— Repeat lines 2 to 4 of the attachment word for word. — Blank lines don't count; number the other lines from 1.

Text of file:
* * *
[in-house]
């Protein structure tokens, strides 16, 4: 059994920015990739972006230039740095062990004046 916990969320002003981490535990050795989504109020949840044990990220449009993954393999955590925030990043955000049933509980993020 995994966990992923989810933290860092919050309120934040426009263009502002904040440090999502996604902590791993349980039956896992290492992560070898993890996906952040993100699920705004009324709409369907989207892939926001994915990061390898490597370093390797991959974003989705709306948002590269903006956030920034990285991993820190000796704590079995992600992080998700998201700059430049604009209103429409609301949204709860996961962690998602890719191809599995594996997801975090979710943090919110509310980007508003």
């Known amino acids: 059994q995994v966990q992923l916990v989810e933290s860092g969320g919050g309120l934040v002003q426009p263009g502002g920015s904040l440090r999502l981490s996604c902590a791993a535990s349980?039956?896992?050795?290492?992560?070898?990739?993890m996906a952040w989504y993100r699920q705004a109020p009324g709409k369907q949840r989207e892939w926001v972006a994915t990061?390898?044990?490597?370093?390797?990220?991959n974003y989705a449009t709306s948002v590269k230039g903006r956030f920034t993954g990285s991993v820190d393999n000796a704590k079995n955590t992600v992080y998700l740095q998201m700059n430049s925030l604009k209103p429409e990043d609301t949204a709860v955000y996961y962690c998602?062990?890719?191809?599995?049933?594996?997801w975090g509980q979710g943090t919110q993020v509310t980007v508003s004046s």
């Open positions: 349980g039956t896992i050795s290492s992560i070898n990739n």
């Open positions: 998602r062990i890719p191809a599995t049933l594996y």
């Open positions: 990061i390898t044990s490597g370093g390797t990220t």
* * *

């Protein structure tokens, strides 16, 4: 059994920015990739972006230039740095062990004046 916990969320002003981490535990050795989504109020949840044990990220449009993954393999955590925030990043955000049933509980993020 995994966990992923989810933290860092919050309120934040426009263009502002904040440090999502996604902590791993349980039956896992290492992560070898993890996906952040993100699920705004009324709409369907989207892939926001994915990061390898490597370093390797991959974003989705709306948002590269903006956030920034990285991993820190000796704590079995992600992080998700998201700059430049604009209103429409609301949204709860996961962690998602890719191809599995594996997801975090979710943090919110509310980007508003």
């Known amino acids: 059994q995994v966990q992923l916990v989810e933290s860092g969320g919050g309120l934040v002003q426009p263009g502002g920015s904040l440090r999502l981490s996604c902590a791993a535990s349980?039956?896992?050795?290492?992560?070898?990739?993890m996906a952040w989504y993100r699920q705004a109020p009324g709409k369907q949840r989207e892939w926001v972006a994915t990061?390898?044990?490597?370093?390797?990220?991959n974003y989705a449009t709306s948002v590269k230039g903006r956030f920034t993954g990285s991993v820190d393999n000796a704590k079995n955590t992600v992080y998700l740095q998201m700059n430049s925030l604009k209103p429409e990043d609301t949204a709860v955000y996961y962690c998602?062990?890719?191809?599995?049933?594996?997801w975090g509980q979710g943090t919110q993020v509310t980007v508003s004046s």
């Open positions: 349980g039956t896992i050795s290492s992560i070898n990739n």